What is a clause?
What is a clause?
Clauses are the building blocks of English sentences, groups of words that contain a subject and a verb.
To understand clauses, it is a good idea to review the different components that make up a sentence.
Words are the smallest units of meaning, for example:
Phrases are small groups of words intended to convey meaning, such as:
The subject of this clause is the fast, red squirrel and the verb is 'darted'. This can also be called a simple sentence.
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What is a main (or major) clause?
Sometimes a sentence is made up of two clauses: a main clause and a subordinate (or dependent) clause, which relies on the main clause.
What is a subordinate clause?
A subordinate clause contains a subject and a verb, but it needs to be attached to a main clause because it cannot make sense on its own. For example:
This is a complex sentence (also referred to as a multi-clause sentence). It has a main clause ('I first saw her in Paris') and a subordinate clause (' where I lived as a small child'), which relies on the main clause to make sense. The two clauses are joined by the connective 'where'.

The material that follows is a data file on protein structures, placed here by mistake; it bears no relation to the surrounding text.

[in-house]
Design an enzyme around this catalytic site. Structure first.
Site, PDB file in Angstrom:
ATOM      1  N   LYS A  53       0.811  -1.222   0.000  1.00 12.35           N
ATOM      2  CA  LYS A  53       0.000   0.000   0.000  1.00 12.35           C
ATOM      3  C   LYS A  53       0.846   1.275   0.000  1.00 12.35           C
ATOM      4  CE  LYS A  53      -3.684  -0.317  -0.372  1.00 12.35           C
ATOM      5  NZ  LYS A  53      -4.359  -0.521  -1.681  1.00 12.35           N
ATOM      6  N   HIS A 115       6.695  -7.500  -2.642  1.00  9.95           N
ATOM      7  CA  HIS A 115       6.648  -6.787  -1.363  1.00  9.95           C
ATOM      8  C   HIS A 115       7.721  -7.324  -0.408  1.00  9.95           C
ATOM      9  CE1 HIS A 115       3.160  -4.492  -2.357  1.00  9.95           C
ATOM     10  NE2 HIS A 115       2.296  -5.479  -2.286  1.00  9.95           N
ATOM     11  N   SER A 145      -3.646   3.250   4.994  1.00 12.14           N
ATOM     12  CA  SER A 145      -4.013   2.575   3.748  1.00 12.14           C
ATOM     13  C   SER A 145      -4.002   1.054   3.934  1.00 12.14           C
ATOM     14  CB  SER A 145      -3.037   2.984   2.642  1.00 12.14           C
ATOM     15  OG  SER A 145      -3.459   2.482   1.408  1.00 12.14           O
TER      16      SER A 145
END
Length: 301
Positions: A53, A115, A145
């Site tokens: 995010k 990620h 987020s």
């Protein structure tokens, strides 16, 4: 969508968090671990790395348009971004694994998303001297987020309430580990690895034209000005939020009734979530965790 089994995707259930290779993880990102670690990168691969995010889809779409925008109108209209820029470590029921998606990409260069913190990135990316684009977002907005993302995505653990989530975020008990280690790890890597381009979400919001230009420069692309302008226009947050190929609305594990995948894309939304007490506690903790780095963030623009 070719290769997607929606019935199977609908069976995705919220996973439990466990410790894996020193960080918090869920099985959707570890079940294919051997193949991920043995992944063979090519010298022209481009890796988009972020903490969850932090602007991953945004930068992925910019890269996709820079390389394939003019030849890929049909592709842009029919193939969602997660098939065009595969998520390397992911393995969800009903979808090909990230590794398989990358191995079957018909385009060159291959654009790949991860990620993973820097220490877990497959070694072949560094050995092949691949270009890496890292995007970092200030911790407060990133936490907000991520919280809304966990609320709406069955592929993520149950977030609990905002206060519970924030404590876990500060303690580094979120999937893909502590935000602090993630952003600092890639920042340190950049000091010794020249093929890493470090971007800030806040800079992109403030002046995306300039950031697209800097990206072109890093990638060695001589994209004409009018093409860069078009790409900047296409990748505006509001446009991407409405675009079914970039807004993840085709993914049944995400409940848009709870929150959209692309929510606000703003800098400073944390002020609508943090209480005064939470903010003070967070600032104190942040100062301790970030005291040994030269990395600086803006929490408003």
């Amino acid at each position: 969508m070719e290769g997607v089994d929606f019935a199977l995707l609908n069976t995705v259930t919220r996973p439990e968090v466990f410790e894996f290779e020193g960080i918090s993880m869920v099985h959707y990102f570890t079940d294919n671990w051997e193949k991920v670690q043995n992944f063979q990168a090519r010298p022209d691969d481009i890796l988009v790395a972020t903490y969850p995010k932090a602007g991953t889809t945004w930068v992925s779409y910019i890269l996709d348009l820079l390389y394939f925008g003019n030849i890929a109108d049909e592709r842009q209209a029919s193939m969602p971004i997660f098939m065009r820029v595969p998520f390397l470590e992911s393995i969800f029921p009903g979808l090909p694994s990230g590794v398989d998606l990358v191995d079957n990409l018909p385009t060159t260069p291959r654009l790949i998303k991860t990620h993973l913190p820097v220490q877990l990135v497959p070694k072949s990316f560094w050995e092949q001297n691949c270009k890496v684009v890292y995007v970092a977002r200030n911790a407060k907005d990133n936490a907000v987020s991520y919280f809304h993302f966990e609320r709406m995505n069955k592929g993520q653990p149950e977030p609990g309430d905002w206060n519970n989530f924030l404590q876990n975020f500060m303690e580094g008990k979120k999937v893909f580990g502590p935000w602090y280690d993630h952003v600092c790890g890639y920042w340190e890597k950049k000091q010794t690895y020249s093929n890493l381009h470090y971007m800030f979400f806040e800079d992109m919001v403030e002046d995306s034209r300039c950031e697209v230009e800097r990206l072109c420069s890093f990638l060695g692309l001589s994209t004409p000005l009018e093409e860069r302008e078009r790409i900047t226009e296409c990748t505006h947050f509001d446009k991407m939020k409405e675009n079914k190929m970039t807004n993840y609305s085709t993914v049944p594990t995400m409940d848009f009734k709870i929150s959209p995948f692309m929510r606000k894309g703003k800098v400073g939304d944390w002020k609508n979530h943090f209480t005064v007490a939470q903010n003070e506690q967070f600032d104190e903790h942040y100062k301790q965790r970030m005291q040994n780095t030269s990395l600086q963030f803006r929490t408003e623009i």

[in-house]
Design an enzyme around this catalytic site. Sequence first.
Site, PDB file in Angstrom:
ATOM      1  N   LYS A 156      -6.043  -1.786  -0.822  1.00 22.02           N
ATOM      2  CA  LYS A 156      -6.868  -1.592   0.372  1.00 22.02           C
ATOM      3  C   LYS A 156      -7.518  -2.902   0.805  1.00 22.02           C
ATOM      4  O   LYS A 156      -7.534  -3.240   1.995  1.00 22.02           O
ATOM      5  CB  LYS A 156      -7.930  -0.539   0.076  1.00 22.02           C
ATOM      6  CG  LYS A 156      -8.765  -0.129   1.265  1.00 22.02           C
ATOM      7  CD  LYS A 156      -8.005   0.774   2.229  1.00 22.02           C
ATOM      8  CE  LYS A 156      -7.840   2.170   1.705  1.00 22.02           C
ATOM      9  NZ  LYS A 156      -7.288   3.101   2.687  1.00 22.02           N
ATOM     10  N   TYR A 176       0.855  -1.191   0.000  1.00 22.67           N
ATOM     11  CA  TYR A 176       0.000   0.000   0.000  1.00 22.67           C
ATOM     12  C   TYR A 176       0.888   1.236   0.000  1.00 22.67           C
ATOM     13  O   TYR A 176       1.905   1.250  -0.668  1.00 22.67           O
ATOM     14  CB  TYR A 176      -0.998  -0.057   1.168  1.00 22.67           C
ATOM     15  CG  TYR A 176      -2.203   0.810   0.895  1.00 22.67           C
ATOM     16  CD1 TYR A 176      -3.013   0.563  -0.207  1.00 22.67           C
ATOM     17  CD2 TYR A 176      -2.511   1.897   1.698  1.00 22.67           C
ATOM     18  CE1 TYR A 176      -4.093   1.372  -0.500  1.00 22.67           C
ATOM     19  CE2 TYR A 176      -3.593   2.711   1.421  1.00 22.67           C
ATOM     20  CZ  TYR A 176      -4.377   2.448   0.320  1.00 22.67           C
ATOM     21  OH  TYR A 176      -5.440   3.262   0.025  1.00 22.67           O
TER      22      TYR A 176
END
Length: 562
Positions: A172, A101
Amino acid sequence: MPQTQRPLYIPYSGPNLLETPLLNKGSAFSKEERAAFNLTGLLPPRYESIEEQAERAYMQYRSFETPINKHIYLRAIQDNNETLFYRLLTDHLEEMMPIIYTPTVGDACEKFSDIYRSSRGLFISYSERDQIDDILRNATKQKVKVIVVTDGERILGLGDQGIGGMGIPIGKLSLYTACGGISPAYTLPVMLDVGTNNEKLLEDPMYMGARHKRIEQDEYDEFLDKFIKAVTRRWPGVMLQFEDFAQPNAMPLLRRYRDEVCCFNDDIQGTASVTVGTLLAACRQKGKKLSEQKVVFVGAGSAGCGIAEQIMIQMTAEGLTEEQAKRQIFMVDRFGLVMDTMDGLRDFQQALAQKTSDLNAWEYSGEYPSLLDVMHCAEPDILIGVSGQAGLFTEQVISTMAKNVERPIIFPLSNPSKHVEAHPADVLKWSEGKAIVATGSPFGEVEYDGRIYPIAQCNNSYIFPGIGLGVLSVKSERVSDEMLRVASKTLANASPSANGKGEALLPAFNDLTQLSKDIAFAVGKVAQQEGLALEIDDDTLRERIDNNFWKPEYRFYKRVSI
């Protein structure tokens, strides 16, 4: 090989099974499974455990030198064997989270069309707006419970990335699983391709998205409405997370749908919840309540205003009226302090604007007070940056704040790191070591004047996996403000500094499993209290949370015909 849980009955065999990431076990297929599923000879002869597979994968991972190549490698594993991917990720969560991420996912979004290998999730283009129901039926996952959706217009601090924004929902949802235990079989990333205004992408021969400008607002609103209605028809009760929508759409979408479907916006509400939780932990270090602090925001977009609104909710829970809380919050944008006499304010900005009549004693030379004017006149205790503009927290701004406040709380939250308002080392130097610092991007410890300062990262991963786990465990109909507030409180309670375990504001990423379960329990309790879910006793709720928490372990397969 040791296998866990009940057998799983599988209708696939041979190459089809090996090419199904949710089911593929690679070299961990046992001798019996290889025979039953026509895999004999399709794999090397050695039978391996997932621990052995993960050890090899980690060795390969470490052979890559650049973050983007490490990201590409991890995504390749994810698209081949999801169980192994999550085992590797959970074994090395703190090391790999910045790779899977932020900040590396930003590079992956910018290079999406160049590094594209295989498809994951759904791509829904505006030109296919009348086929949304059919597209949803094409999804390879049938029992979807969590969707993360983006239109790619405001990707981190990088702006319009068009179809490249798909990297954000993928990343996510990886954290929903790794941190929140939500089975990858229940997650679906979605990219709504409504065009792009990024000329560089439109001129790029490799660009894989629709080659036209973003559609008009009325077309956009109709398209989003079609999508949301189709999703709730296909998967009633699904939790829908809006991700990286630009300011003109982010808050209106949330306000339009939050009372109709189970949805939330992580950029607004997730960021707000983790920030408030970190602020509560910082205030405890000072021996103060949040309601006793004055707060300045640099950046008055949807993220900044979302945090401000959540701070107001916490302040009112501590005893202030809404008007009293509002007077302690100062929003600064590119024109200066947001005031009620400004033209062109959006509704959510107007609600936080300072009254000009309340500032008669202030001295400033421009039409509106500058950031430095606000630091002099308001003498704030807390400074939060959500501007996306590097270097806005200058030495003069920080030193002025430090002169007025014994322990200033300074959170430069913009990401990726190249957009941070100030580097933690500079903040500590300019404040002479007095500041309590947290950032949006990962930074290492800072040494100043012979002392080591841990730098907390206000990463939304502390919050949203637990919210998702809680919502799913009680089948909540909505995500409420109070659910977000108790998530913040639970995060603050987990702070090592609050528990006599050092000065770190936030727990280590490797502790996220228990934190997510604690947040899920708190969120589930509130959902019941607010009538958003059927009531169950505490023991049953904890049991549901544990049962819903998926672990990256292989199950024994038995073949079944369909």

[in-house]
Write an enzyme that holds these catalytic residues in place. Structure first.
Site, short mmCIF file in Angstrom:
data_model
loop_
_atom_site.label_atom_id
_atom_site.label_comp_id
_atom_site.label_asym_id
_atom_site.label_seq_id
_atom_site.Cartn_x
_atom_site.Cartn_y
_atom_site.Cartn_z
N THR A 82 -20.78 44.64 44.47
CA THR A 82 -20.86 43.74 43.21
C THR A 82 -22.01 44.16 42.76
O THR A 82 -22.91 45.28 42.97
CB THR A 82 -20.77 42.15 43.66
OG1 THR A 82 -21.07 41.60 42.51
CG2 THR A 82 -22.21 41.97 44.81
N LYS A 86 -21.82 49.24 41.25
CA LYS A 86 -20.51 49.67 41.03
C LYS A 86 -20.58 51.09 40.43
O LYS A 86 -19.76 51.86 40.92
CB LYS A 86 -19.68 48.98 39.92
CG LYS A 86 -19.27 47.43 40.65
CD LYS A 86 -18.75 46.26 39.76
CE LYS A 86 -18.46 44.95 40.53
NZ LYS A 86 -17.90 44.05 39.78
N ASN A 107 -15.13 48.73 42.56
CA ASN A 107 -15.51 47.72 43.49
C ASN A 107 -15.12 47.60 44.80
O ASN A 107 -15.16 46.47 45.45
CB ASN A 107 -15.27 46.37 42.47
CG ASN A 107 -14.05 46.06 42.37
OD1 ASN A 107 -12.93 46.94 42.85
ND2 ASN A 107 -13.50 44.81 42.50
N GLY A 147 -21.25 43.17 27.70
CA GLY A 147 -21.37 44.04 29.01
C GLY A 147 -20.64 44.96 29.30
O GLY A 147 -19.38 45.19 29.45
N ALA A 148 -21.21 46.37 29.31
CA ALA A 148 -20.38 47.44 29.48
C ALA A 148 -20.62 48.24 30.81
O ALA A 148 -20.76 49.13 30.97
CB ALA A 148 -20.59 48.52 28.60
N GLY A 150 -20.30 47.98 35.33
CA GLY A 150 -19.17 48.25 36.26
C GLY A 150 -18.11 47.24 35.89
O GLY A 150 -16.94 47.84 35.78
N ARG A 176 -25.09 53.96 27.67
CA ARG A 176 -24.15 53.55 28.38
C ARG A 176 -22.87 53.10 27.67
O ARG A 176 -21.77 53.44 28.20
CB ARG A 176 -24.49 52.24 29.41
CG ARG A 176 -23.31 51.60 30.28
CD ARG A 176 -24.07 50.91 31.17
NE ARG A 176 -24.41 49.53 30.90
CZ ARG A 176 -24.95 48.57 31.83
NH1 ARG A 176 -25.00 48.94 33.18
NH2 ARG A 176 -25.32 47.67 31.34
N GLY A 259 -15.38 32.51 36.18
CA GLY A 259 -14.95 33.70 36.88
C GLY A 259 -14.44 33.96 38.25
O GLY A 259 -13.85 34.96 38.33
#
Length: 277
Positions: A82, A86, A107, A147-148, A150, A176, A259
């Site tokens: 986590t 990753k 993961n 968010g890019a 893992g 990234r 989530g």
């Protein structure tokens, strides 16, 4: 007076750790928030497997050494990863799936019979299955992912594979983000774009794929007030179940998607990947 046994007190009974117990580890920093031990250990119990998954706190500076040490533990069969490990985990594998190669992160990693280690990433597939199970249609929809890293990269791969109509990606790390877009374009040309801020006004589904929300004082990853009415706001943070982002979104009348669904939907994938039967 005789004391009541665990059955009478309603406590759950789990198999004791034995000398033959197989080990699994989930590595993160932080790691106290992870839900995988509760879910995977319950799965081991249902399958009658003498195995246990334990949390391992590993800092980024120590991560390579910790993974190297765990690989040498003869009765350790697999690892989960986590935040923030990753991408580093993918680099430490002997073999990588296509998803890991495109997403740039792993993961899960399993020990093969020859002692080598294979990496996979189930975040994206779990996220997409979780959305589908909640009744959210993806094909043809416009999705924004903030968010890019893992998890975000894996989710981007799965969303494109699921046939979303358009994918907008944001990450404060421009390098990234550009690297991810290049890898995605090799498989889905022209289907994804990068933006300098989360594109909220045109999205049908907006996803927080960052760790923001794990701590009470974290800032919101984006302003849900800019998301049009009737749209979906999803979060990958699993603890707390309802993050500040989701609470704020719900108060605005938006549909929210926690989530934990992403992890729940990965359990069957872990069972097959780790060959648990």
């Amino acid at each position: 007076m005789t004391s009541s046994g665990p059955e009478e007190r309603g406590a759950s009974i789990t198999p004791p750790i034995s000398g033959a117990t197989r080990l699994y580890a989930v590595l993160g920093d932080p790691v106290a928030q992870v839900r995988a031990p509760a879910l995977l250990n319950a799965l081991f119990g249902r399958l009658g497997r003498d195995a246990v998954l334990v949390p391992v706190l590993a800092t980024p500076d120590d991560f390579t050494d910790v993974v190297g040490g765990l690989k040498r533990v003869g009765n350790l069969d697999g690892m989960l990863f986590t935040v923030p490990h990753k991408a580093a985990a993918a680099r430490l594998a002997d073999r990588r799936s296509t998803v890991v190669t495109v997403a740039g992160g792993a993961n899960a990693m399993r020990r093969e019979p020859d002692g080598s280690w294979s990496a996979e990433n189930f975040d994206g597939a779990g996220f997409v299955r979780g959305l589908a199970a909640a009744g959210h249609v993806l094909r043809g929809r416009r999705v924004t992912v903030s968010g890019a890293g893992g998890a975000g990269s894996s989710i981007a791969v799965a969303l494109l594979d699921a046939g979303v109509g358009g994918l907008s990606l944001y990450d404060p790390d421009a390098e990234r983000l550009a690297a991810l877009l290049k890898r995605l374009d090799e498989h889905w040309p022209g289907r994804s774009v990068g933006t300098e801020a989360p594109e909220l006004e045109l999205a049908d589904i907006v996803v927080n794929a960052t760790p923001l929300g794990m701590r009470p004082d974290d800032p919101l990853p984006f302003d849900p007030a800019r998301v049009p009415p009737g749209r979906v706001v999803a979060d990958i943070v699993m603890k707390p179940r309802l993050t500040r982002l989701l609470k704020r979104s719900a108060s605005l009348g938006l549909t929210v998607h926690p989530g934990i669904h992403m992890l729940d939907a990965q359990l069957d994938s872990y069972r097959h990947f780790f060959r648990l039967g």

When do children learn about clauses?
In Year 1, children are expected to write sentences with two clauses joined by the word 'and.'
In Year 2, children start learning about subordination and coordination and need to start using a main clause and subordinate clause (a complex sentence), joined by 'when,' 'if,' 'that' or 'because.'
In Years 3 to 6, children are expected to continue to use a range of simple, compound and complex sentences, however their connectives need to become more sophisticated, for example: 'because,' 'although,' 'therefore,' 'meanwhile' and so on.
By Year 6, they need to be able to understand the following terms:
- main clause
- subordinate clause
- simple sentence
- compound sentence
- complex sentence / multi-clause sentence
They may be tested on these in the KS2 SATs Grammar, punctuation and spelling test at the end of Year 6.